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December 18, 2013

Public support for BC carbon tax declines over past year, but still over 50 percent

When British Columbia unveiled its groundbreaking new carbon tax in 2011, it was widely seen as ahead of its time and bucking what was widely considered to be the prevailing public sentiment against new taxes of any kind (even ones promising to be revenue neutral). The new tax did prove controversial, and elicited backlash from some rural communities when implemented later that year (coinciding with surging gasoline prices). And yet the carbon tax was broadly supported by BC citizens, and successfully weathered two provincial elections, and over time public acceptance has been rising.

A new survey conducted by the Environics Institute in partnership with the David Suzuki Foundation reveals a reversal of this trend, with public support for the carbon tax dropping 12 percentage points since November-December 2012. The tax is now endorsed by a bare majority (52%) of BC citizens, although this proportion remains higher than it has been since the tax came into effect in July 2008. The reason for this change over the past year is not immediately clear, although it may reflect in part the impact of a recent campaign against the carbon tax by the Canadian Taxpayers Federation. What is clear from this research is that the public’s continued support for the carbon tax cannot be taken for granted. Few citizens likely have a solid understanding of how this policy measure works and its effectiveness in reducing provincial greenhouse gas emissions, and this makes it vulnerable to attacks that portray it as yet another government tax grab lightening consumers’ wallets.   

Elsewhere in Canada, there continues to be remarkably sustained public support for the introduction of a BC style provincial carbon tax, at levels that are now above that recorded in B.C.  More than half of Canadians outside of BC would support this type of climate change policy, down marginally from late 2011 and 2012, but still above the proportions expressing this view in earlier years. Public support for a carbon tax is stronger in eastern Canada than in the west, but the latest decline is primarily in Quebec, Manitoba and Saskatchewan, while rising marginally in Atlantic Canada and Alberta. These results provide further evidence that public resistance does not represent a major obstacle to the introduction of a provincial carbon tax in Canada. Climate change is a significant issue for many Canadians, and they are looking first to governments for leadership in finding solutions; a modest tax on fuel consumption may prove to be an effective means of meeting these expectations.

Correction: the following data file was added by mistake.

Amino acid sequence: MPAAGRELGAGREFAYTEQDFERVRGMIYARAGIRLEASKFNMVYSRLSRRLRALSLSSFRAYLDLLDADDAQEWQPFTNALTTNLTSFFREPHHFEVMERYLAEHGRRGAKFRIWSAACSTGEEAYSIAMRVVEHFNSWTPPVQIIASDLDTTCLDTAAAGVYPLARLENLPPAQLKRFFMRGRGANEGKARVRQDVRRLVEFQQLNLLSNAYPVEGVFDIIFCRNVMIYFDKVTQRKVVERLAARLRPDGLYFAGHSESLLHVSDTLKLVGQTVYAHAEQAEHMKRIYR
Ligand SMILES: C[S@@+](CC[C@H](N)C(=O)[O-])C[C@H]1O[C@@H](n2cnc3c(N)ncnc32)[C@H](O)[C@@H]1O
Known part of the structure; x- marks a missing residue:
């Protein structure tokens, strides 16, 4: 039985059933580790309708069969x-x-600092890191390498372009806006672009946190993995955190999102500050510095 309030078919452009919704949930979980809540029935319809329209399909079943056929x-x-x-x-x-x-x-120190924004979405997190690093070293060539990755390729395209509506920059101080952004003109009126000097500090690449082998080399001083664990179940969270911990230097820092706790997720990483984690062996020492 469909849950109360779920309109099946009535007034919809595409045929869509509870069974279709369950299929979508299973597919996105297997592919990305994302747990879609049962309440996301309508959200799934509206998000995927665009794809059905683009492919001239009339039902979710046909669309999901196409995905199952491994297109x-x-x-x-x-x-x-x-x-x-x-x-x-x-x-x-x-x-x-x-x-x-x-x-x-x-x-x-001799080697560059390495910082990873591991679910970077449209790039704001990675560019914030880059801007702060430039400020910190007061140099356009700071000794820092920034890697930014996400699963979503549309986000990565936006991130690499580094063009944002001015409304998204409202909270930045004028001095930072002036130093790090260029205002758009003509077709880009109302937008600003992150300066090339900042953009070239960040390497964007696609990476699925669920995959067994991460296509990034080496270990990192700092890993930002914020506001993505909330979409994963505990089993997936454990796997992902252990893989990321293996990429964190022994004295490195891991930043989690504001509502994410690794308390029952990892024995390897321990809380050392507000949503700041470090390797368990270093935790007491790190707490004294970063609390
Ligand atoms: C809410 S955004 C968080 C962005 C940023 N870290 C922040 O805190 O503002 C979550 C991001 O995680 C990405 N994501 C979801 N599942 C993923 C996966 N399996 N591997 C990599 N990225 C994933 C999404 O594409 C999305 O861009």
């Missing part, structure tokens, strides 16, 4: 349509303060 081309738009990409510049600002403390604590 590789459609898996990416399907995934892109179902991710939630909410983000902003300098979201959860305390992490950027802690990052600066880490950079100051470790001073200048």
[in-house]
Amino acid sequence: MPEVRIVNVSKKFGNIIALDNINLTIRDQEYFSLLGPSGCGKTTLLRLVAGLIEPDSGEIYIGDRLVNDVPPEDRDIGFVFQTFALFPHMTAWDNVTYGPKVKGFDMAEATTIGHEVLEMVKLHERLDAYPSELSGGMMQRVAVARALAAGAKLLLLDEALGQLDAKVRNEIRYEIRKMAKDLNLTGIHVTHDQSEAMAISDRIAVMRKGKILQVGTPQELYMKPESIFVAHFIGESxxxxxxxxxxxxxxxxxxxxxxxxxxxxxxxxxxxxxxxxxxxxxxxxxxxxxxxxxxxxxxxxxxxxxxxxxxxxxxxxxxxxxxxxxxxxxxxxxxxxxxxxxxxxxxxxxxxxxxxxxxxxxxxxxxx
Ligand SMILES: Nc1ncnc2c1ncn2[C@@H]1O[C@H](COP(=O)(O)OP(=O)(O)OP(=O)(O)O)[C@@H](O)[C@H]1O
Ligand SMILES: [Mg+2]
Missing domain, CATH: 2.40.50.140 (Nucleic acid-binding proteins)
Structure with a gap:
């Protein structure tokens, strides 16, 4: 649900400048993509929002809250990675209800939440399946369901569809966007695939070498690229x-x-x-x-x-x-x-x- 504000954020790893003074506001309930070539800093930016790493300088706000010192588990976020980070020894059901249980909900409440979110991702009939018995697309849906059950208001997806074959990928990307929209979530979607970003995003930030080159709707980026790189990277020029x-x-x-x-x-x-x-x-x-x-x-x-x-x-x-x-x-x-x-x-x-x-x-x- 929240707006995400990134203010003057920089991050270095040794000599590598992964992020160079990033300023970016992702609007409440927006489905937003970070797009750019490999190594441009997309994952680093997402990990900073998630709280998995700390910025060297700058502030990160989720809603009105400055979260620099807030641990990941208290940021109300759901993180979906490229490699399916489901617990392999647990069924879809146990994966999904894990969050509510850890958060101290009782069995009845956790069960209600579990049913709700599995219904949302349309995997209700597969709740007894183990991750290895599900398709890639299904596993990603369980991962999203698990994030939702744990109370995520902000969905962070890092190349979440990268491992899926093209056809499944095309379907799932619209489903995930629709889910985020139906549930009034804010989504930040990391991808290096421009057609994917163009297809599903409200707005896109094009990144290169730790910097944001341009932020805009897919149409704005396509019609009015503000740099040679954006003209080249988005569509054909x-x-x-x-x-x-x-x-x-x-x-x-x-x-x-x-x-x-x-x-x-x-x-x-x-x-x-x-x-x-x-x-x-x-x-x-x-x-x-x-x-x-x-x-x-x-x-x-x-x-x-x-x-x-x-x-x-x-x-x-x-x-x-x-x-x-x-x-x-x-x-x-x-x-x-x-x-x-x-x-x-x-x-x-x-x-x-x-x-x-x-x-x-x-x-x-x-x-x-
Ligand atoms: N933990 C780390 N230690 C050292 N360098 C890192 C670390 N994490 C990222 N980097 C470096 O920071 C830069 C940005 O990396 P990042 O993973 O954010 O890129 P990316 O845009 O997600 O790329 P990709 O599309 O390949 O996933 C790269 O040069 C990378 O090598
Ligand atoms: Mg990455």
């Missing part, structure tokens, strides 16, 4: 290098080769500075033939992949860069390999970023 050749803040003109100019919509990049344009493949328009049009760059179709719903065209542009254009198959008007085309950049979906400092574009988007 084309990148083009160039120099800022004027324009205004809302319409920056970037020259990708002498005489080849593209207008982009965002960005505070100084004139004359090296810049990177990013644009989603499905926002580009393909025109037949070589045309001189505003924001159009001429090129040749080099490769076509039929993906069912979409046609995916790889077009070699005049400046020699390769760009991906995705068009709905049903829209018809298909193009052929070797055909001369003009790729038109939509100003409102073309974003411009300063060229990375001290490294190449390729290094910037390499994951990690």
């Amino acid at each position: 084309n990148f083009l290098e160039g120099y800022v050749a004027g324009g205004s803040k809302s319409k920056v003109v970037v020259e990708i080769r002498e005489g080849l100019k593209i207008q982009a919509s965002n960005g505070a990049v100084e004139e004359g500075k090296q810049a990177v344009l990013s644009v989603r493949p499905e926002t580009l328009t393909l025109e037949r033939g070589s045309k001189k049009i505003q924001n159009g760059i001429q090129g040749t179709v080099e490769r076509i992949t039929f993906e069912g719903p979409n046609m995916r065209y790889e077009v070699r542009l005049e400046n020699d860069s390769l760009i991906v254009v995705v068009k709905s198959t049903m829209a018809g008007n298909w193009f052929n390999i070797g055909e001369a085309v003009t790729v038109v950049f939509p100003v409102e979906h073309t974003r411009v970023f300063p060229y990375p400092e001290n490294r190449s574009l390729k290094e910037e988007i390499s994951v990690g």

The  survey is based on telephone interviews conducted with 2,003 Canadians between October 1 and 17, 2013. A sample of this size drawn from the population produces results accurate to within plus or minus 2.2 percentage points in 19 out of 20 samples. The B.C. sample is 250 (margin of sampling error is +/-6.2% in 19 of 20 samples).

Read the full report

Read op-ed by Ian Bruce in Vancouver Sun


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